Pensions  

Expert urges gov’t to introduce auto-protection

Expert urges gov’t to introduce auto-protection

Pensions academic Michael Johnson has urged the government to introduce auto-protection as a default to ensure that savers are able to retire with a sufficient pension, as one of seven policy reforms.

Auto-protection is a default option for people approaching private retirement age, whereby their pension pot would be automatically enrolled in a not-for-profit national auction house for annuities.

Mr Johnson made his argument in a report published today (20 February) by the Centre for Policy Studies, that whilst the pension freedoms were welcome, there are legitimate concerns that some people may fail to purchase suitable retirement income products.

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“People approaching retirement need to be encouraged to purchase retirement income products that limit downside risks, notably longevity, investment and inflation risks that almost all of us are incapable of managing by ourselves.

The other six policy reforms include raising the private pension age faster. Today’s private pension age of 55 should rise by a year every two years from 2016, meaning by 2024 the pension age should be 60.

Another proposal is those who defer taking a default pension until at least five years after the private pension age could be rewarded with a pension exempt from income tax, paid for by a reduction in upfront tax relief.

Other suggestions included the state offering default private pensions, perhaps via the Post Office and National Savings and the guidance guarantee acting as an “integral part” of the auto-protection process.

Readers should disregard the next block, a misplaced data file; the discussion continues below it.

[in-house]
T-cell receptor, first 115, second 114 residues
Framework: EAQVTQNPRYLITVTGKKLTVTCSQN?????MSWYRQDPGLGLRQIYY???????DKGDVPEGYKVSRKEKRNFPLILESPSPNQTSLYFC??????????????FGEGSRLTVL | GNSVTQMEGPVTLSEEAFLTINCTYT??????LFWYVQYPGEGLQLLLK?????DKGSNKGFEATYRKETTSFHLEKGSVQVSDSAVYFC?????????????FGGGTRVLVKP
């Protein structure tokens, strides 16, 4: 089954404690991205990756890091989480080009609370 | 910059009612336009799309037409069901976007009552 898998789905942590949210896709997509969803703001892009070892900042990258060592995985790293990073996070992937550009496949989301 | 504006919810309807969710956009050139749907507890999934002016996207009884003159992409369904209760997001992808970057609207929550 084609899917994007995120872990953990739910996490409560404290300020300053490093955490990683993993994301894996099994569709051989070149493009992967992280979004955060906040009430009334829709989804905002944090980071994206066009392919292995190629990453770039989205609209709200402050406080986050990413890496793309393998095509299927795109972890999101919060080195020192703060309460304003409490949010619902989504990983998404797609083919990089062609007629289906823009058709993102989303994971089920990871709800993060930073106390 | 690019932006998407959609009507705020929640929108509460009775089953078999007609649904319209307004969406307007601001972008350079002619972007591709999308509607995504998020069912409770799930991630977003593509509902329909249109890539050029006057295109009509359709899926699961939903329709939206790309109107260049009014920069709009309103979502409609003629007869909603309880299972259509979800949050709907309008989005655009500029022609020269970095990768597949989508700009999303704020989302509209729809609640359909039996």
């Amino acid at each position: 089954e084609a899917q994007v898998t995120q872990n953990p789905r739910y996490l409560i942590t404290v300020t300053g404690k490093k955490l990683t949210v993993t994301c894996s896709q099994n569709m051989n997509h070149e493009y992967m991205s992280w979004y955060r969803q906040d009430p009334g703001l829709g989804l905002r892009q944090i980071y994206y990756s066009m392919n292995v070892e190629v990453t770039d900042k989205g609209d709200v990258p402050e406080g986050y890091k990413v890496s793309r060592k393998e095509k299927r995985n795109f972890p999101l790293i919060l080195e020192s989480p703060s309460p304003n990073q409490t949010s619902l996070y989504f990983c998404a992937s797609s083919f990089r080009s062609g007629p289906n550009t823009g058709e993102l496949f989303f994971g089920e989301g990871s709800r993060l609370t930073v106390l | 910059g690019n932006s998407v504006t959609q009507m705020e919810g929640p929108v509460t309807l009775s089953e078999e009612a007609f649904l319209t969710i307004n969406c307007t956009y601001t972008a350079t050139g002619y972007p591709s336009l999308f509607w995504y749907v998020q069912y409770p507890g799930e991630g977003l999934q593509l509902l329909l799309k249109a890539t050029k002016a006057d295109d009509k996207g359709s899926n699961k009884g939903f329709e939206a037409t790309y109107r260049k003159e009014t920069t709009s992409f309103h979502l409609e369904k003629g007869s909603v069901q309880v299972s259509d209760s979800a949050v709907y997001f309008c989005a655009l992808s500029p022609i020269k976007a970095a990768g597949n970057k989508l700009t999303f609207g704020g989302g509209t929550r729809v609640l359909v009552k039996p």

Lastly, access to the 25 per cent tax-free lump sum should be delayed until the age of 60 or 65. Alternatively, it should be scrapped, with accrued rights to it protected.

Mr Johnson called the private pension age an “anachronism that is out of step with post-war improvements in life expectancy”, while pointing out the “inconvenient truth” of offering tax-free status on the first 25 per cent of a pension pot, which he said actively discourages people securing a pension at the age of 55.

“This is daft, when the alternative is a pension 33 per cent larger than otherwise, which would help mitigate the risk of running out of money in retirement. In addition, as an incentive for long-term saving, it is wholly ineffective.”

Alan Higham, retirement director at Fidelity Worldwide Investment, agreed that the national annuities auction is a good idea in principle, but added that some points need further consideration – particularly that it would be wrong to push people towards the so called ‘auto-protection’ as a default at minimum pension age.

He also commented that raising the minimum private pensions age to 60 by 2024 would lead to a sudden change in goal posts for people who saved for years planning on retirement at a certain age.

ruth.gillbe@ft.com